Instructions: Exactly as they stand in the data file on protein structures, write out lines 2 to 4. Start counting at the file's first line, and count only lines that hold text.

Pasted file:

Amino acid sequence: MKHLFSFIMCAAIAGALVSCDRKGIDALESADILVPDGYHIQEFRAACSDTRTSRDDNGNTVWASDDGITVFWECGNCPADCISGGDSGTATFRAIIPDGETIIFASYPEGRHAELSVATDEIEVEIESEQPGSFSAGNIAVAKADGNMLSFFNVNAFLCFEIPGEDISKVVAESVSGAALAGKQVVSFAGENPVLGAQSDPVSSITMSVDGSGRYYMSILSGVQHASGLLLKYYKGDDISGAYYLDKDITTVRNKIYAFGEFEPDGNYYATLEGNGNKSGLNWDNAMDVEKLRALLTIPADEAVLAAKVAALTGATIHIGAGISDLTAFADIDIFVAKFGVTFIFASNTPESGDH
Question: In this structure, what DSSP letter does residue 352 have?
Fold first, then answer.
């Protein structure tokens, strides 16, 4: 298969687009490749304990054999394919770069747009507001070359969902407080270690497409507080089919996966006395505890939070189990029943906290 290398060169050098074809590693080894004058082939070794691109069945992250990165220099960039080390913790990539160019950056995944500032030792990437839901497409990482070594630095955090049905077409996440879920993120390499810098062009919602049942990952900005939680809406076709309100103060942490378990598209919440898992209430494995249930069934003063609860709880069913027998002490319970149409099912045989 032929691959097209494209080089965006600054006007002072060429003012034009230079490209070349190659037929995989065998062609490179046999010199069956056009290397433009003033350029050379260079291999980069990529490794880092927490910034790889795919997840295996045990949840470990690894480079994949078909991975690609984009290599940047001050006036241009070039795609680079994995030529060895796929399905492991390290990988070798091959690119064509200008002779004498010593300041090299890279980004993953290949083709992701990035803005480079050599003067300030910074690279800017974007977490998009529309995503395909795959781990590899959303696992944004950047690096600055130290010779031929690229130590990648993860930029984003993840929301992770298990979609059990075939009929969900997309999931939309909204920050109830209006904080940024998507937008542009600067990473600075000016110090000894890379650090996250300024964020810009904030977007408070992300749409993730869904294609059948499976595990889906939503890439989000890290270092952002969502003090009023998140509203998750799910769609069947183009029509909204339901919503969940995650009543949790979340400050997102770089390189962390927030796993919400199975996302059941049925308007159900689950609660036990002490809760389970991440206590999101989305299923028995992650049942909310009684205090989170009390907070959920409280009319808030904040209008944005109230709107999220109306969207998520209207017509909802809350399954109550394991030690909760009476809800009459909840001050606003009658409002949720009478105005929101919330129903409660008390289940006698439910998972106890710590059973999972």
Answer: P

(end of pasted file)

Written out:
Question: In this structure, what DSSP letter does residue 352 have?
Fold first, then answer.
């Protein structure tokens, strides 16, 4: 298969687009490749304990054999394919770069747009507001070359969902407080270690497409507080089919996966006395505890939070189990029943906290 290398060169050098074809590693080894004058082939070794691109069945992250990165220099960039080390913790990539160019950056995944500032030792990437839901497409990482070594630095955090049905077409996440879920993120390499810098062009919602049942990952900005939680809406076709309100103060942490378990598209919440898992209430494995249930069934003063609860709880069913027998002490319970149409099912045989 032929691959097209494209080089965006600054006007002072060429003012034009230079490209070349190659037929995989065998062609490179046999010199069956056009290397433009003033350029050379260079291999980069990529490794880092927490910034790889795919997840295996045990949840470990690894480079994949078909991975690609984009290599940047001050006036241009070039795609680079994995030529060895796929399905492991390290990988070798091959690119064509200008002779004498010593300041090299890279980004993953290949083709992701990035803005480079050599003067300030910074690279800017974007977490998009529309995503395909795959781990590899959303696992944004950047690096600055130290010779031929690229130590990648993860930029984003993840929301992770298990979609059990075939009929969900997309999931939309909204920050109830209006904080940024998507937008542009600067990473600075000016110090000894890379650090996250300024964020810009904030977007408070992300749409993730869904294609059948499976595990889906939503890439989000890290270092952002969502003090009023998140509203998750799910769609069947183009029509909204339901919503969940995650009543949790979340400050997102770089390189962390927030796993919400199975996302059941049925308007159900689950609660036990002490809760389970991440206590999101989305299923028995992650049942909310009684205090989170009390907070959920409280009319808030904040209008944005109230709107999220109306969207998520209207017509909802809350399954109550394991030690909760009476809800009459909840001050606003009658409002949720009478105005929101919330129903409660008390289940006698439910998972106890710590059973999972």